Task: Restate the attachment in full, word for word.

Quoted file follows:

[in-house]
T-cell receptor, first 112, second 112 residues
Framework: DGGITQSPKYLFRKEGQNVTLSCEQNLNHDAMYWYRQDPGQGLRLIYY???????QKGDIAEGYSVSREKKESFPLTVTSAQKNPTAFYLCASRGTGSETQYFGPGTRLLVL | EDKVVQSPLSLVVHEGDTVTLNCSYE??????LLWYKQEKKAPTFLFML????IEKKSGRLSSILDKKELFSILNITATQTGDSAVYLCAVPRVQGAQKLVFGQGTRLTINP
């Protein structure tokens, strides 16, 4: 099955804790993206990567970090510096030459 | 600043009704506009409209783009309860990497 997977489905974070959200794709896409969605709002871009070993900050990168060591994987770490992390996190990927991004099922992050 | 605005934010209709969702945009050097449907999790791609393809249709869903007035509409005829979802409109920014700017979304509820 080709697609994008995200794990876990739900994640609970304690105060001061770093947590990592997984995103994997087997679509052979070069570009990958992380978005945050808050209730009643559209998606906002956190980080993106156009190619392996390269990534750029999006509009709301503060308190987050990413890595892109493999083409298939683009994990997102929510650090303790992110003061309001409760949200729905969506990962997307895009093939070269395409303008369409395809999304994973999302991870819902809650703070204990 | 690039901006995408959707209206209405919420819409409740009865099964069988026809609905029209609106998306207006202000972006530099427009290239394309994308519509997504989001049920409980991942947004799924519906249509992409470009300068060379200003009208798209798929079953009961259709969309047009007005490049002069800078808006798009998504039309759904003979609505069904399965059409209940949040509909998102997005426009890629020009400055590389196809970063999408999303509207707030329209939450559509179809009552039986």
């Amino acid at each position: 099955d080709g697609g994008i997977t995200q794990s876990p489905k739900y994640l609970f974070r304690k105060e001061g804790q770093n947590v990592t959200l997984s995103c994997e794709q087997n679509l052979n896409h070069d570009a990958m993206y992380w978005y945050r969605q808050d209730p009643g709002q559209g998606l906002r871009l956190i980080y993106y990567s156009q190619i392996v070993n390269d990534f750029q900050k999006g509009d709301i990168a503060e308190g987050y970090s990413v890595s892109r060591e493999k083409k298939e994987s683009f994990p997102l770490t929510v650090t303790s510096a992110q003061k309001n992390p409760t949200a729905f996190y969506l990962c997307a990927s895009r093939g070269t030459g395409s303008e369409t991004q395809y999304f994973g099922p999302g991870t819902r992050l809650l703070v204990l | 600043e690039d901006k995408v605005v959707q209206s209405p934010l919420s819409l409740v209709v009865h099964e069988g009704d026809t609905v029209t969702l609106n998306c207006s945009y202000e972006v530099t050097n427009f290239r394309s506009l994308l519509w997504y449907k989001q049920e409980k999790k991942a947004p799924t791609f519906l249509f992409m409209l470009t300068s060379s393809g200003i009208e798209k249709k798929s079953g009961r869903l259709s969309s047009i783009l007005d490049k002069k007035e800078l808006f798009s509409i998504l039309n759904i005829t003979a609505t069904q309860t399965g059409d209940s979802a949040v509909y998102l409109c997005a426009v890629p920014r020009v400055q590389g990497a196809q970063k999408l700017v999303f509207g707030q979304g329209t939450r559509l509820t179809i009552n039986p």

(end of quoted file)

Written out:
[in-house]
T-cell receptor, first 112, second 112 residues
Framework: DGGITQSPKYLFRKEGQNVTLSCEQNLNHDAMYWYRQDPGQGLRLIYY???????QKGDIAEGYSVSREKKESFPLTVTSAQKNPTAFYLCASRGTGSETQYFGPGTRLLVL | EDKVVQSPLSLVVHEGDTVTLNCSYE??????LLWYKQEKKAPTFLFML????IEKKSGRLSSILDKKELFSILNITATQTGDSAVYLCAVPRVQGAQKLVFGQGTRLTINP
């Protein structure tokens, strides 16, 4: 099955804790993206990567970090510096030459 | 600043009704506009409209783009309860990497 997977489905974070959200794709896409969605709002871009070993900050990168060591994987770490992390996190990927991004099922992050 | 605005934010209709969702945009050097449907999790791609393809249709869903007035509409005829979802409109920014700017979304509820 080709697609994008995200794990876990739900994640609970304690105060001061770093947590990592997984995103994997087997679509052979070069570009990958992380978005945050808050209730009643559209998606906002956190980080993106156009190619392996390269990534750029999006509009709301503060308190987050990413890595892109493999083409298939683009994990997102929510650090303790992110003061309001409760949200729905969506990962997307895009093939070269395409303008369409395809999304994973999302991870819902809650703070204990 | 690039901006995408959707209206209405919420819409409740009865099964069988026809609905029209609106998306207006202000972006530099427009290239394309994308519509997504989001049920409980991942947004799924519906249509992409470009300068060379200003009208798209798929079953009961259709969309047009007005490049002069800078808006798009998504039309759904003979609505069904399965059409209940949040509909998102997005426009890629020009400055590389196809970063999408999303509207707030329209939450559509179809009552039986």
């Amino acid at each position: 099955d080709g697609g994008i997977t995200q794990s876990p489905k739900y994640l609970f974070r304690k105060e001061g804790q770093n947590v990592t959200l997984s995103c994997e794709q087997n679509l052979n896409h070069d570009a990958m993206y992380w978005y945050r969605q808050d209730p009643g709002q559209g998606l906002r871009l956190i980080y993106y990567s156009q190619i392996v070993n390269d990534f750029q900050k999006g509009d709301i990168a503060e308190g987050y970090s990413v890595s892109r060591e493999k083409k298939e994987s683009f994990p997102l770490t929510v650090t303790s510096a992110q003061k309001n992390p409760t949200a729905f996190y969506l990962c997307a990927s895009r093939g070269t030459g395409s303008e369409t991004q395809y999304f994973g099922p999302g991870t819902r992050l809650l703070v204990l | 600043e690039d901006k995408v605005v959707q209206s209405p934010l919420s819409l409740v209709v009865h099964e069988g009704d026809t609905v029209t969702l609106n998306c207006s945009y202000e972006v530099t050097n427009f290239r394309s506009l994308l519509w997504y449907k989001q049920e409980k999790k991942a947004p799924t791609f519906l249509f992409m409209l470009t300068s060379s393809g200003i009208e798209k249709k798929s079953g009961r869903l259709s969309s047009i783009l007005d490049k002069k007035e800078l808006f798009s509409i998504l039309n759904i005829t003979a609505t069904q309860t399965g059409d209940s979802a949040v509909y998102l409109c997005a426009v890629p920014r020009v400055q590389g990497a196809q970063k999408l700017v999303f509207g707030q979304g329209t939450r559509l509820t179809i009552n039986p």